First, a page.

To increase staff engagement with research ·         DS and LL will start ‘research reading’ groups (name tbd), convening possibly on a monthly basis to share thoughts on a piece of recently published research. This could be something with a controversial edge, or an enquiry conducted by a colleague at Chace.

·         DS and LL to publish a termly ‘research digest’ (name tbd): either synthesised by them, or ‘found’ elsewhere. This will be placed on our ChacePD website, and flagged in the staff bulletin.

·         Either as well as, or instead of, the above DS and LL will compile a booklet of research which will underpin our Development Time focus. E.g. pieces on resilience, growth mindset, collaboration, independence.

·         LL and DS will contribute to short School Briefing slots on research into pedagogy, school leadership and the educational system.

To increase the Research Coordinators personal effectiveness. DS and LL will continue to pursue their own research interests (and through this contribute to School Briefing, as described above.)

Through twitter, blogs and publications they will enhance their skills in data collection, and their appreciation of how best to engage a school in and with research. Among the commentators and academics they will familiarise themselves with: Chris Brown, Louise Stoll, Gary Jones, Alex Quigley, Tom Sherrington.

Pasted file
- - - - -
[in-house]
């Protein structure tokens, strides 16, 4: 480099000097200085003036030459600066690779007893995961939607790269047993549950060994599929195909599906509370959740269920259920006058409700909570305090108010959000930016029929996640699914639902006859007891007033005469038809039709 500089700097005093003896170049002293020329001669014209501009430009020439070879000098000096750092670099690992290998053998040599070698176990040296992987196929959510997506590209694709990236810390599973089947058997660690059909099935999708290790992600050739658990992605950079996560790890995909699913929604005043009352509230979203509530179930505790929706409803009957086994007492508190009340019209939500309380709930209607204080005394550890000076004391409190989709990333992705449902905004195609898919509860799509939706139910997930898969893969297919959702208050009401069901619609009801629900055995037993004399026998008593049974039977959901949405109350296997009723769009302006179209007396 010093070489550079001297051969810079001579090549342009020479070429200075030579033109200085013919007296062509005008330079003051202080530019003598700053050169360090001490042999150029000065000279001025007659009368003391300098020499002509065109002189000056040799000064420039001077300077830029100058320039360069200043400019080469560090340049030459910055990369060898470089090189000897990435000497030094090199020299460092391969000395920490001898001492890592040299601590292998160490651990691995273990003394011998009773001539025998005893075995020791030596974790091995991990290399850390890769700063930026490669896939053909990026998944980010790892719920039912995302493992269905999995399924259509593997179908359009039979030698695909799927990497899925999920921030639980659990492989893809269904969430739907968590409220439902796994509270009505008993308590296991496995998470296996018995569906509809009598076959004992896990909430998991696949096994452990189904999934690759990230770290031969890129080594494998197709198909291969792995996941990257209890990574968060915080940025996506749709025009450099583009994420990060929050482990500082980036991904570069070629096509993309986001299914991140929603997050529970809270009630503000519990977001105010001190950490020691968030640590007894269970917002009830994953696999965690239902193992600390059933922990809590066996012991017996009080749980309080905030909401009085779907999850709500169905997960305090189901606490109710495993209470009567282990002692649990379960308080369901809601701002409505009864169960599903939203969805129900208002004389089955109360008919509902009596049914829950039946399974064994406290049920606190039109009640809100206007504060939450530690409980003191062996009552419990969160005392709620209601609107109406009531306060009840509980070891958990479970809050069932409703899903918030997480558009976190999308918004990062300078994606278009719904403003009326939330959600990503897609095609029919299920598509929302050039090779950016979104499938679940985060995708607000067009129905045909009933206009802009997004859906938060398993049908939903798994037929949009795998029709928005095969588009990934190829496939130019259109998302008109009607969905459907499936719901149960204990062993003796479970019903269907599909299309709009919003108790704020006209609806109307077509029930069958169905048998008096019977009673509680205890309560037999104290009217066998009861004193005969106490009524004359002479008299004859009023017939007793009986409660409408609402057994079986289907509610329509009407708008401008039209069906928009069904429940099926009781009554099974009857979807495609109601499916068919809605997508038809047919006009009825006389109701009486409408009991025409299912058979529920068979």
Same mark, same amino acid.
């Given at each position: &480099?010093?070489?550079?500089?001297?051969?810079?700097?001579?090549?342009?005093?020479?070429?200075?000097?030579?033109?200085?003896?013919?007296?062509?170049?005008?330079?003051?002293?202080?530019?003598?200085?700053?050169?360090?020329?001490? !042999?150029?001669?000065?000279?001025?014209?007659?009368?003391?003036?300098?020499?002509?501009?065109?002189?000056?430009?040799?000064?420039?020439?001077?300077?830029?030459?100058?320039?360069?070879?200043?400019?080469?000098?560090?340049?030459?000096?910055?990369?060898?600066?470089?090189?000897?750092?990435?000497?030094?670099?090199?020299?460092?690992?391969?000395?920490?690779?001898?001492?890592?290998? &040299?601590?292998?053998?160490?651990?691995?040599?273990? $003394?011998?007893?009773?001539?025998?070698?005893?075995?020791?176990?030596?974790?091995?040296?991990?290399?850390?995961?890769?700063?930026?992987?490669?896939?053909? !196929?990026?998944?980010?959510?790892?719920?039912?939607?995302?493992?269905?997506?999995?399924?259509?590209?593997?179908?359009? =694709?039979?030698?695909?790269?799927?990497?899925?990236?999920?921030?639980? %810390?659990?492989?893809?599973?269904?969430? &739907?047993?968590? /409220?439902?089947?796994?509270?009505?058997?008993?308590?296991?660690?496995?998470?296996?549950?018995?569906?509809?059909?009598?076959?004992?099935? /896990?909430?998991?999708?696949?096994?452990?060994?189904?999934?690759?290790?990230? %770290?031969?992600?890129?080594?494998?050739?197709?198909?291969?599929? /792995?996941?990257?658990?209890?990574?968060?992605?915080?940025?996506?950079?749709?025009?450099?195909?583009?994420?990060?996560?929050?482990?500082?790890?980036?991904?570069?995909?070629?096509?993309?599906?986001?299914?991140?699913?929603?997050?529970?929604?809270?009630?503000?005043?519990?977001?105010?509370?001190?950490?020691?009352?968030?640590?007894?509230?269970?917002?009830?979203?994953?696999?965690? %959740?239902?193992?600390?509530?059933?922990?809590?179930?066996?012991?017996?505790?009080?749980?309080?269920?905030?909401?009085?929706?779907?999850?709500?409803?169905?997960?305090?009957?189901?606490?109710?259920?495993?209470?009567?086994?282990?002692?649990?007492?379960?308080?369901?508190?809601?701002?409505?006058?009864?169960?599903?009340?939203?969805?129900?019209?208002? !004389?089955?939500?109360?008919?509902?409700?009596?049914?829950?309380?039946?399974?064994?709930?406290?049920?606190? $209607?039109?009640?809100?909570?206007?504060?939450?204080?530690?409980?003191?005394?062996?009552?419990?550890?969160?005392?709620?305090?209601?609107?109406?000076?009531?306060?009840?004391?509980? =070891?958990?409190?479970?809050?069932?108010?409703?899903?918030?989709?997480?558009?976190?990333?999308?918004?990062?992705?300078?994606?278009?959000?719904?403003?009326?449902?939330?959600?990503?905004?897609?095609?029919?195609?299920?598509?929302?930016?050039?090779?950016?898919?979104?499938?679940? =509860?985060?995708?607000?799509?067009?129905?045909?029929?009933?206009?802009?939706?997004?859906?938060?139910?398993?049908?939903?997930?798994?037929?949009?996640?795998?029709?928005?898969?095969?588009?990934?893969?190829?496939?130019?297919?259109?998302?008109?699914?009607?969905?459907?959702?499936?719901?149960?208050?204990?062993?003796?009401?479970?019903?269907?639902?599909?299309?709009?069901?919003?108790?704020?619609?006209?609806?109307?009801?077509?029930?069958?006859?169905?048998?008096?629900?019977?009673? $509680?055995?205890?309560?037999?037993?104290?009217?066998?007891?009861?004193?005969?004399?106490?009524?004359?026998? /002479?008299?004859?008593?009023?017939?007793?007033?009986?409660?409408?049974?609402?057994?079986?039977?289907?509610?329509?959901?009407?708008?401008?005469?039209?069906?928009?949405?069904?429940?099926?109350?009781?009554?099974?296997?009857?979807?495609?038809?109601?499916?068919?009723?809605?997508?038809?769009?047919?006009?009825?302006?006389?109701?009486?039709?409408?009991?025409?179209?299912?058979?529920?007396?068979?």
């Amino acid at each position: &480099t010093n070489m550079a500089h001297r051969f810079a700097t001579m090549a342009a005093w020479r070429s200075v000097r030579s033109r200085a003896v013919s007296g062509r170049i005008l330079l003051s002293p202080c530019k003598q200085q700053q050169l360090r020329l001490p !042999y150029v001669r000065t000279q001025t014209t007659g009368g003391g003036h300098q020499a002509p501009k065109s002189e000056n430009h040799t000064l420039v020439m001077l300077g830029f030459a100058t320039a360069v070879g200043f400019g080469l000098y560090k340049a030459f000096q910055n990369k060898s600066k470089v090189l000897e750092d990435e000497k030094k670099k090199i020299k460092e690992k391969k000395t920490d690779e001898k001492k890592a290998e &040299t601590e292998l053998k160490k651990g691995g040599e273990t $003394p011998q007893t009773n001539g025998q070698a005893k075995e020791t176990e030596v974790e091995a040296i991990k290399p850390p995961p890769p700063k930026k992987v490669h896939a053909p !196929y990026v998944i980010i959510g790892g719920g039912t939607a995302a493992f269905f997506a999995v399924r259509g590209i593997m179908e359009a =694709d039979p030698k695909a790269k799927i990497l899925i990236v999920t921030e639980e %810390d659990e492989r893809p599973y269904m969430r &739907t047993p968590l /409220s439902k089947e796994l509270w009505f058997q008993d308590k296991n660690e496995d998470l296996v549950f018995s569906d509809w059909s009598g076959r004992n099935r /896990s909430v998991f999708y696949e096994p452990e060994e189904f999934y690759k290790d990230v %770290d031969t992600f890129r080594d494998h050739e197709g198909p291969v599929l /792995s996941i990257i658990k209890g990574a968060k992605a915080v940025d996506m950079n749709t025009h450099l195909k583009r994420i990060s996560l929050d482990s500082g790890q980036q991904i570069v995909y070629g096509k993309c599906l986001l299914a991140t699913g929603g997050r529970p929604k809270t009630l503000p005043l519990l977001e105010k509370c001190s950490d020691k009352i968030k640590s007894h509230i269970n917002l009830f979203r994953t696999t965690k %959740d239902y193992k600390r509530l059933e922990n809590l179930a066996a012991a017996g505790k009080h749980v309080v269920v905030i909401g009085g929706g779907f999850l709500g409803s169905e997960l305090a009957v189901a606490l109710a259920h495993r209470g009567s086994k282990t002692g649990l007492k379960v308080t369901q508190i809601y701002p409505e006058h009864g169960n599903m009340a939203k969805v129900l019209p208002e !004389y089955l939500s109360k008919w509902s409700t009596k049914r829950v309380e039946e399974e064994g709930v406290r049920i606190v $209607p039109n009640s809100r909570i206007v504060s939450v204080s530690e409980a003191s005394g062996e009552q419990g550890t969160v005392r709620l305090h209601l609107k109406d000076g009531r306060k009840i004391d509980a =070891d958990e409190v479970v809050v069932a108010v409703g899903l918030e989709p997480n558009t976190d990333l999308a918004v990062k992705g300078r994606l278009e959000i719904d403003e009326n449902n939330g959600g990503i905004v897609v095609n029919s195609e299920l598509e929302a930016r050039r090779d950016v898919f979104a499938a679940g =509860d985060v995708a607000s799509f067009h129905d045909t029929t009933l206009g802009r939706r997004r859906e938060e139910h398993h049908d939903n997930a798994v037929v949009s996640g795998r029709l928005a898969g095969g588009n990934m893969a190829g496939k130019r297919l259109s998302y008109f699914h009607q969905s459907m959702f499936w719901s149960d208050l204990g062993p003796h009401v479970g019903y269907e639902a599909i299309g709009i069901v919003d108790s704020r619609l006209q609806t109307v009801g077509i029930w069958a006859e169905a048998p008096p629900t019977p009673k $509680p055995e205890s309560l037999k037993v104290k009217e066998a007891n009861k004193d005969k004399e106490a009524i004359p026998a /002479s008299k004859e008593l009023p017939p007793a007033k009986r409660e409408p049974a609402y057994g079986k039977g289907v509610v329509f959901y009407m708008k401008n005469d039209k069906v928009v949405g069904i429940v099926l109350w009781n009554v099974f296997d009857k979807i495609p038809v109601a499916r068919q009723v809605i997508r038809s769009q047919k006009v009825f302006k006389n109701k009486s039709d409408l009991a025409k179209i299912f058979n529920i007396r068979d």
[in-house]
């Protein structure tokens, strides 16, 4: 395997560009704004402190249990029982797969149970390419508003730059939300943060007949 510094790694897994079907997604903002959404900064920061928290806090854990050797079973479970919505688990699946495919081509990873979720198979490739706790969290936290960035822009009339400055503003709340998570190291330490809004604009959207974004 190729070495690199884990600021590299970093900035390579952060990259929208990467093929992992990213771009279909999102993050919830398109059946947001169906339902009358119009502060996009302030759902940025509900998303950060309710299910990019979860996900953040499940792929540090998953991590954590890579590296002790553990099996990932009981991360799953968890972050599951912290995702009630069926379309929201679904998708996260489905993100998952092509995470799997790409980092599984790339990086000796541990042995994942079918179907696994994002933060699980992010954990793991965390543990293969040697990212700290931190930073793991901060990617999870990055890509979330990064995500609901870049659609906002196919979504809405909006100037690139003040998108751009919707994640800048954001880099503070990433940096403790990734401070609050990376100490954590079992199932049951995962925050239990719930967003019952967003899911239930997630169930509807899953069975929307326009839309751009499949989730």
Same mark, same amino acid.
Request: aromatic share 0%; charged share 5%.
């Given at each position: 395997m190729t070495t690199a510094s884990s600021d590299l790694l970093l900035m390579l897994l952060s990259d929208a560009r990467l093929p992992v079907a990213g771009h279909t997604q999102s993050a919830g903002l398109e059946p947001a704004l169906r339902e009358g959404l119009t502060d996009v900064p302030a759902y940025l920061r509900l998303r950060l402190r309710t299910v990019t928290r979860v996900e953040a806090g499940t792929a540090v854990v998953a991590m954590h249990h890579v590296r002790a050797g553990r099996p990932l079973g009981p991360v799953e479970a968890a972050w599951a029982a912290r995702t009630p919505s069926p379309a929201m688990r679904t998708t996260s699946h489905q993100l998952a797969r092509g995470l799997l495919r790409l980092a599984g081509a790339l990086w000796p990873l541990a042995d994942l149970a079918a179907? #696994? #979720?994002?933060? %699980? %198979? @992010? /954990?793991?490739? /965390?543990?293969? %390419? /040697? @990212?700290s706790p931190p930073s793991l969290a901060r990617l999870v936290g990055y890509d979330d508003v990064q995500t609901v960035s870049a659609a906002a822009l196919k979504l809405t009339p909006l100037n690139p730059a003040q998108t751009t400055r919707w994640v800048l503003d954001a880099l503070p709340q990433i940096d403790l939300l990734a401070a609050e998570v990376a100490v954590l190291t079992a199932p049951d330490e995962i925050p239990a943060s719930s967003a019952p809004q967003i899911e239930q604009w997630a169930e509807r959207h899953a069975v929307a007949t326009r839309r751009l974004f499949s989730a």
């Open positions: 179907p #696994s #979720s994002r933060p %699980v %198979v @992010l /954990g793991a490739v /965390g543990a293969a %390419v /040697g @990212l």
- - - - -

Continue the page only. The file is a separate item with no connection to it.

To support internal research and review ·         RCs will conduct a review of the impacts of MDT. They will design their evidence-gathering methods at the outset and measure progress towards desired outcomes.

·         RCs are keen to work with one or two middle leaders as they write and review their improvement plans. Enquiry questions such as: What do I need to focus on? What might success in this area look like? What evidence can I gather against this? What is my current position? What does research – and my experience – tell me might work? Therefore, what will I do?

·         Assist with the construction of enquiry questions when SLT are conducting reviews and learning walks.

·         To respond to ‘commissions’ from SLT for research findings into areas, on an ad hoc basis.

·         Work with NQTs on one action enquiry across their induction year.

To impact on teaching and learning, and on school culture. LL and DS are keen to implement next steps from their MA enquiries. They will explore opportunities to work further with interested departments.
To create a repository of items of research interest. MQ, CLTs and RCs are increasingly sharing insights and thinkpieces from twitter, blogs and online publications, which we need to store more efficiently.

We will share using the #ChacePD hashtag, so our PD website can maintain items on its timeline.

MQ and BT will create space – and place interesting items – on the ChacePD site, under the Research Enquiry at Chace heading.

To support the RC team. Request that MQ and the RC team have a timetable free together, to meet to plan and review work.

MQ to enquire as to how now to remunerate RCs (via TLR or time), as their input could be substantial.